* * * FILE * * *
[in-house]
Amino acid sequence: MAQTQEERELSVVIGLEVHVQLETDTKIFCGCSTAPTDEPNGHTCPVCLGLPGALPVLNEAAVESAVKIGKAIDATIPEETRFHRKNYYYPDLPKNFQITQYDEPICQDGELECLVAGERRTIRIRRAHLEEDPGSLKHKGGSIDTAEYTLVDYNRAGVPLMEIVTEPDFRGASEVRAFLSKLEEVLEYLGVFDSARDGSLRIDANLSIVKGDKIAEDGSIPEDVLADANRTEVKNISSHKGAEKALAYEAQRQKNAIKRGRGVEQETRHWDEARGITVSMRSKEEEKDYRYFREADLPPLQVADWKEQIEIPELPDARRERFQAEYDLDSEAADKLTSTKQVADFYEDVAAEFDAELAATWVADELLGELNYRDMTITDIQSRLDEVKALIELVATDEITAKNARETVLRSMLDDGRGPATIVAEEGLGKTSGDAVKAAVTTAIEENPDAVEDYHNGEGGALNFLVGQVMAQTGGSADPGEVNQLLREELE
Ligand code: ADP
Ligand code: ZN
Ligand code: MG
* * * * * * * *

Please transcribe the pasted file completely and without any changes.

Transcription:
[in-house]
Amino acid sequence: MAQTQEERELSVVIGLEVHVQLETDTKIFCGCSTAPTDEPNGHTCPVCLGLPGALPVLNEAAVESAVKIGKAIDATIPEETRFHRKNYYYPDLPKNFQITQYDEPICQDGELECLVAGERRTIRIRRAHLEEDPGSLKHKGGSIDTAEYTLVDYNRAGVPLMEIVTEPDFRGASEVRAFLSKLEEVLEYLGVFDSARDGSLRIDANLSIVKGDKIAEDGSIPEDVLADANRTEVKNISSHKGAEKALAYEAQRQKNAIKRGRGVEQETRHWDEARGITVSMRSKEEEKDYRYFREADLPPLQVADWKEQIEIPELPDARRERFQAEYDLDSEAADKLTSTKQVADFYEDVAAEFDAELAATWVADELLGELNYRDMTITDIQSRLDEVKALIELVATDEITAKNARETVLRSMLDDGRGPATIVAEEGLGKTSGDAVKAAVTTAIEENPDAVEDYHNGEGGALNFLVGQVMAQTGGSADPGEVNQLLREELE
Ligand code: ADP
Ligand code: ZN
Ligand code: MG